In the late 9th century, Vikings, or ‘Northmen’ as they were known to historical peoples, hit the beaches of England in scores of dragon-studded long-ships prepared to conquer the island for themselves.
Over the next century, they would come to be the dominant culture: ‘Saxon’ culture. They brought their poetry, language, religion music, metalworking, and way of war to the native Celts living in England already. They would remain rulers of Britain until William the Conqueror sailed from France in 1066 to take the throne of England for himself.
This year, archaeologists working in Lincolnshire, England, just on the shores of the River Trent have discovered the remains of a massive Viking war camp. From what they’ve uncovered already, we know that the camp was hardly a rest stop for a small band of warriors. It was a full-on military base, larger than most towns of the era, kitted with its own traders, families, feasts, and entertainment.
“From what has been found at the site, we know they were repairing their boats there and melting down looted gold and silver to make ingots – or bars of metal they used to trade,” Professor Dawn Hadley, leader of the research on the site being conducted by University of Sheffield’s Department of Archaeology said, “Metal detectorists have also found more than 300 lead game pieces, suggesting the Vikings, including, women and children, were spending a lot of time playing games to pass the time, waiting for spring and the start of their next offensive.”
The Vikings were no stranger to England. For a hundred years, they’d been the scourge of Europe, raiding coastal monasteries for their caches of gold, other precious items, and supplies.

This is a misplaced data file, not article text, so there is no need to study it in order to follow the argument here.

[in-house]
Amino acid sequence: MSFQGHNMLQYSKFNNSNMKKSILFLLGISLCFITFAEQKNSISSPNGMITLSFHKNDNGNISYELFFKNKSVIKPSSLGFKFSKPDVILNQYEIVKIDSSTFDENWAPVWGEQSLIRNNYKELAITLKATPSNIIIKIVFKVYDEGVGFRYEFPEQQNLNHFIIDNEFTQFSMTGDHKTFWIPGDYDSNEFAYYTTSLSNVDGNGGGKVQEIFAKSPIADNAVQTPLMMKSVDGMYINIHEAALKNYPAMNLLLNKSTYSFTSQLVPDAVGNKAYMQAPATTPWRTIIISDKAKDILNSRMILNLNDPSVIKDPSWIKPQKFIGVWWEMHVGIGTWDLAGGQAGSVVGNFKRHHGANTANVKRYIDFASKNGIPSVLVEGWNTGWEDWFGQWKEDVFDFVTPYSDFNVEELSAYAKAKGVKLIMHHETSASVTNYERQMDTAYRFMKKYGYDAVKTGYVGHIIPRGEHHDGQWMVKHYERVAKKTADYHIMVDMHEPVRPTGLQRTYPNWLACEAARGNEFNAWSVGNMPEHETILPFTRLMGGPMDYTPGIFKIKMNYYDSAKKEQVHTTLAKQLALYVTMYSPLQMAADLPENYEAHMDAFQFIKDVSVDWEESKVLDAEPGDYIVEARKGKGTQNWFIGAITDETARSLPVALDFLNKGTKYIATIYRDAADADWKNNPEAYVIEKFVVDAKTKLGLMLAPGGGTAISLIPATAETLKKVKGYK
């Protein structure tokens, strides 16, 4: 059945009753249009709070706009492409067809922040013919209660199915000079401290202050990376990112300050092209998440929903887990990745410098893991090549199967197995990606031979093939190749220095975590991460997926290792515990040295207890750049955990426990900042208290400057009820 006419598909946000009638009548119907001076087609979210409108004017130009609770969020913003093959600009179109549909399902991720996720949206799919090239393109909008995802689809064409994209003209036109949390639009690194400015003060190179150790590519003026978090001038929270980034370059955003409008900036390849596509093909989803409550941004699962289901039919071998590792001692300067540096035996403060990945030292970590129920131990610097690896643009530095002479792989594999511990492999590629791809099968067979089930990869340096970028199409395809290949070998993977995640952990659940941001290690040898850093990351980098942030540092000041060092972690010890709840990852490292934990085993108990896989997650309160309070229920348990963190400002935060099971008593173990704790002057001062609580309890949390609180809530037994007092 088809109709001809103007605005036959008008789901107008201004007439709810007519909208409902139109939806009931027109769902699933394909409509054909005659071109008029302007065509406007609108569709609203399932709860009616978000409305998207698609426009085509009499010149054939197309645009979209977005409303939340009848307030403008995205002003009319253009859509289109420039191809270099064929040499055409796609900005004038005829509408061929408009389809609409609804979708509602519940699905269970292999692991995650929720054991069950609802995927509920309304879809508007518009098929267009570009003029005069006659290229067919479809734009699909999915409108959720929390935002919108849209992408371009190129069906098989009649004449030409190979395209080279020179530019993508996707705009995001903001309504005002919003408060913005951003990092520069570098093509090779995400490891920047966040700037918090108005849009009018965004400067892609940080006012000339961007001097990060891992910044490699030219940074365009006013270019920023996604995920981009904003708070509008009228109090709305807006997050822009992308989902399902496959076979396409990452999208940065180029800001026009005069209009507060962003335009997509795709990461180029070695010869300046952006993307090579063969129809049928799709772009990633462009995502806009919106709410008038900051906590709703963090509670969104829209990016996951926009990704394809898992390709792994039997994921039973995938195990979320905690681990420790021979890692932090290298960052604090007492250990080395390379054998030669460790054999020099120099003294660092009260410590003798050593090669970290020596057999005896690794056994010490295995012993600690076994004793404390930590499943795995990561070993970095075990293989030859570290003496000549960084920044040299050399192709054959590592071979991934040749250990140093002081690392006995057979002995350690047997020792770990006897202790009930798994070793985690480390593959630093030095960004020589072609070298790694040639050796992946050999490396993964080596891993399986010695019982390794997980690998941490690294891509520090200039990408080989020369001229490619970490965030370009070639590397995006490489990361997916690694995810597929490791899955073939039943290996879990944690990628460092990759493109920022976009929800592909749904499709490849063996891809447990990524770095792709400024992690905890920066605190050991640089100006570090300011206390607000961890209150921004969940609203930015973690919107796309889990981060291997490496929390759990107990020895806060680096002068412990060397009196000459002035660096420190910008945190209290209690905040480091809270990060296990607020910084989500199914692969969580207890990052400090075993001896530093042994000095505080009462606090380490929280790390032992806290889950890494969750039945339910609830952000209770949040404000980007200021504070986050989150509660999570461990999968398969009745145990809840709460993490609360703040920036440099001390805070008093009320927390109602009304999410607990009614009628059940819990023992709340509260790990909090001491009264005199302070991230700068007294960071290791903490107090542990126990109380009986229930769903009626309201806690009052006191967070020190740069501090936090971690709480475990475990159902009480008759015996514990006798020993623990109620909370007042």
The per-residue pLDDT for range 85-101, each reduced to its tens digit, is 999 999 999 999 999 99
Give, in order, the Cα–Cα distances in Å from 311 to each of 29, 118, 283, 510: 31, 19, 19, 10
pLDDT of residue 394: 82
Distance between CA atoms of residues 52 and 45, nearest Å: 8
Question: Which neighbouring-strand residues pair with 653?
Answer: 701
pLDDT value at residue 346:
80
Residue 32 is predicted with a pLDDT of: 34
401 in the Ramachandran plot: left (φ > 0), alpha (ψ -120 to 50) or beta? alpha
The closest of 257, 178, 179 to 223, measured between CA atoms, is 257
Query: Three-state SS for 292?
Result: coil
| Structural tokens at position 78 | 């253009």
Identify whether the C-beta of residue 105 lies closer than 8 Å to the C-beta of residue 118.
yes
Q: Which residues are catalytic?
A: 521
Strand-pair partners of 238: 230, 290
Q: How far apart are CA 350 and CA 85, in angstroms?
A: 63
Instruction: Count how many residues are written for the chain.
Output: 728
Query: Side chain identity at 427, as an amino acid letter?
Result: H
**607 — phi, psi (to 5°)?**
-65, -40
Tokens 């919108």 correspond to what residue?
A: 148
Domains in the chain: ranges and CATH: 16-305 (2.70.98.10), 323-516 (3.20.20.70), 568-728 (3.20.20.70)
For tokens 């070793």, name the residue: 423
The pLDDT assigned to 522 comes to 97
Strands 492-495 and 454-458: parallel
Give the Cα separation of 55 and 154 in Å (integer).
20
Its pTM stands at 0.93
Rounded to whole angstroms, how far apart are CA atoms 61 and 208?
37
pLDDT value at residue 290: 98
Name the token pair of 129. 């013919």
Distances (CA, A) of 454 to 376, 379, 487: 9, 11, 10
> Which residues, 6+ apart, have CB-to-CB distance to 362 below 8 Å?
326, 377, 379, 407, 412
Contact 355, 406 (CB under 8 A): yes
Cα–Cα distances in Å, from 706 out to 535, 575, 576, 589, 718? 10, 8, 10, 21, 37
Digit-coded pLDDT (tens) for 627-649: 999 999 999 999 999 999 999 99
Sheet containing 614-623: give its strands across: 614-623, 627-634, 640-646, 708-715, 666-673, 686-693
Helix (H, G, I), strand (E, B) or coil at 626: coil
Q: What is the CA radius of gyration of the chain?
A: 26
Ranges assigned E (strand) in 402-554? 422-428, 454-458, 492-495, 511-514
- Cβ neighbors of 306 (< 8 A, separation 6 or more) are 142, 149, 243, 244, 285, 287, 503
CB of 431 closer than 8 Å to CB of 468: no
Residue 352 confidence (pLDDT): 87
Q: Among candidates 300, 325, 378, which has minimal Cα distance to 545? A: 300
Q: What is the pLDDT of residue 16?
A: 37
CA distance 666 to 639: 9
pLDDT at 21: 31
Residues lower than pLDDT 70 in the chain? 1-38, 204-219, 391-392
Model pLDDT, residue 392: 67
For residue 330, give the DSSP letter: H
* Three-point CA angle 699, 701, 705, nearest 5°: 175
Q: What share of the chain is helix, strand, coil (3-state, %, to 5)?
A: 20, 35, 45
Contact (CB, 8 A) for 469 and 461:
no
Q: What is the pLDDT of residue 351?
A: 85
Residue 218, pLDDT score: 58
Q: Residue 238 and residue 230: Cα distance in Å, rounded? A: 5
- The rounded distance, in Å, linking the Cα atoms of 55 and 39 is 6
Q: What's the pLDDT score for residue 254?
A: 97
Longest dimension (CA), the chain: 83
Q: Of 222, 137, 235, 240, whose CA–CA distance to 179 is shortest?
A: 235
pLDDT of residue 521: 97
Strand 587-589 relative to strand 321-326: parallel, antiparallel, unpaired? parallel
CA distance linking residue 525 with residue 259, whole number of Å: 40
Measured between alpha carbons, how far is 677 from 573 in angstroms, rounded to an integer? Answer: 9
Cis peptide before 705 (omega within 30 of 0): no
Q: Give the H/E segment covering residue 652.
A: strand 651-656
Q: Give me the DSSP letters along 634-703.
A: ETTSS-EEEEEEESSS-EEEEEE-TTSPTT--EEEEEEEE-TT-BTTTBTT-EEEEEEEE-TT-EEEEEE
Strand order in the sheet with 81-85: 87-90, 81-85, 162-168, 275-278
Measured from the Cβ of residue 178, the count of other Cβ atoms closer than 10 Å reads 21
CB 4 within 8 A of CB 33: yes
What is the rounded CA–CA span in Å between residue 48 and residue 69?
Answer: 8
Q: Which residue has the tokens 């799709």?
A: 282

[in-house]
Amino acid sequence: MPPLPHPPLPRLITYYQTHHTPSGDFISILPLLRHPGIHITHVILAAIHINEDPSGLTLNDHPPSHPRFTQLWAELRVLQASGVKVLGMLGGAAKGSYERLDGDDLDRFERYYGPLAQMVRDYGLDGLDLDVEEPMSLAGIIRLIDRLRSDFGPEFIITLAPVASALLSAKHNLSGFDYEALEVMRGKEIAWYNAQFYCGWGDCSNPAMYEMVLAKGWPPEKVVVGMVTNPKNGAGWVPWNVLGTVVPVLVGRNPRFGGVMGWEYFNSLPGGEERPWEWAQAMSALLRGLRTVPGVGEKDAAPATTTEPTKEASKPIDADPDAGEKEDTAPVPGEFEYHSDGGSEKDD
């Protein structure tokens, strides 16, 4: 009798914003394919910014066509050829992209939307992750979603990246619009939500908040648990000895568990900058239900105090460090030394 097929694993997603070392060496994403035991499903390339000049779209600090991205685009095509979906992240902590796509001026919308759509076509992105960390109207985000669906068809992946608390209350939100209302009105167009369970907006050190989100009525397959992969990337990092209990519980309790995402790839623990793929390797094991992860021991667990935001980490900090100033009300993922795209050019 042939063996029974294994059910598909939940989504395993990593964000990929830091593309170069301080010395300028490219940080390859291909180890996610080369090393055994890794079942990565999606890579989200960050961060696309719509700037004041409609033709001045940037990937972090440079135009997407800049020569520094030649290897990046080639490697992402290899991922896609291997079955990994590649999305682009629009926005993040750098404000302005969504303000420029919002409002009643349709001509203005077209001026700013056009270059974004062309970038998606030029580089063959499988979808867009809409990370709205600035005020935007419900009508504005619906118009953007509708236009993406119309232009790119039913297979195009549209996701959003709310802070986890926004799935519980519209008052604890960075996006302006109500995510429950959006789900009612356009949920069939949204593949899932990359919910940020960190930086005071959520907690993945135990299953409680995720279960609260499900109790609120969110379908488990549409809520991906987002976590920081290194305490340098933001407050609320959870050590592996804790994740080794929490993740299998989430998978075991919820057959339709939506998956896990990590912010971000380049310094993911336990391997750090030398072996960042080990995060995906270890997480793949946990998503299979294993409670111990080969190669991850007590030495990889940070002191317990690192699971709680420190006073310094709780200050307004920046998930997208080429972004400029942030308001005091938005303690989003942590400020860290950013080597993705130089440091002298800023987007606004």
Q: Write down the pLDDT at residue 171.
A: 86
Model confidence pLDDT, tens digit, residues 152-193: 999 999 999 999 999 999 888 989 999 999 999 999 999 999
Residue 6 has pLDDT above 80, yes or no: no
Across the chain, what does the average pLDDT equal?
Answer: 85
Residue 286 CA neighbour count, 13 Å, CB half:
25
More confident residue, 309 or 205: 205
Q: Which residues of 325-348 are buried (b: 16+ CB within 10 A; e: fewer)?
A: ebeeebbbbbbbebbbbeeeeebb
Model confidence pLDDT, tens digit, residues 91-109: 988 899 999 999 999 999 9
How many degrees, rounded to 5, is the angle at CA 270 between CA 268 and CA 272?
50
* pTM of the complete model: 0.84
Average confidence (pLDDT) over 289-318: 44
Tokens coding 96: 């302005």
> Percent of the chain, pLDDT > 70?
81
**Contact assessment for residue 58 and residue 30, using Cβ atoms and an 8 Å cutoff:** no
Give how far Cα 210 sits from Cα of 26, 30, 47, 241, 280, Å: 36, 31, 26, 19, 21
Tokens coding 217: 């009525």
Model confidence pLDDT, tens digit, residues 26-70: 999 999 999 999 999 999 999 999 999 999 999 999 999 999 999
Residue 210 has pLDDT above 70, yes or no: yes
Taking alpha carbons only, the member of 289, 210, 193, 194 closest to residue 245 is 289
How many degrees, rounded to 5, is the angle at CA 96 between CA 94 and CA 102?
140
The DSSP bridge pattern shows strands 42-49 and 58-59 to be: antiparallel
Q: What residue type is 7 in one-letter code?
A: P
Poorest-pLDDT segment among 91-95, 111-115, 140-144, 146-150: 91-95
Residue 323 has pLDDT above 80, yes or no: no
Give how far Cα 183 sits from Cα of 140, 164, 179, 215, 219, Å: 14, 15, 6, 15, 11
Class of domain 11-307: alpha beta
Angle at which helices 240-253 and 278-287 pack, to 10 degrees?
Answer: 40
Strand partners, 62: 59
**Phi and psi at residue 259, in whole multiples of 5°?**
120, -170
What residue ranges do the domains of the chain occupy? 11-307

“The Vikings had previously often raided exposed coastal monasteries and returned to Scandinavia in winter,” Professor Julian Richards with the University of York explained, “but in the later ninth century they came in larger numbers, and decided to stay. This sent a very clear message that they now planned not only to loot and raid – but to control and conquer.”
Metal detectorists working at this location in Lincolnshire have uncovered a wealth of artifacts. They’ve found over 300 coins (including 100 Arabic silver coins that would have come through Viking trade routes), 50 pieces of silver, brooch fragments and ingots, 300 gaming pieces, iron tools, spindle whorls, needles, and fishing weights.
Researchers working on the the site believe that, with the River Trent to the west, and the surrounding land prone to flooding, the Vikings knew this site was extremely defensible and set up permanent shop quickly in order to launch a full-scale campaign against the surrounding towns, such as York. In fact, this camp would have been bigger than York was at the time.
The best part about this entire find is that all the research has been used to create a virtual reality experience based on real objects found at the site.
“The new research by the Universities of Sheffield and York has been used to create the most realistic images of the camp to date, based on real findings. These images are also believed to be the most realistic Virtual Reality ever created anywhere of the Viking world.” – Dr. Gareth Beale, York’s Digital Creativity Labs.
This virtual reality experience is part of an exhibit that opened at the University of York on Friday (May 19th, 2017), and joins scores of similar historical virtual reality experiences being constructed in museums around the world. As our science advances, so does our understanding of the past. Virtual reality exhibits help the public get a real understanding of historical sites that they might never have otherwise.
Who knows what’s next?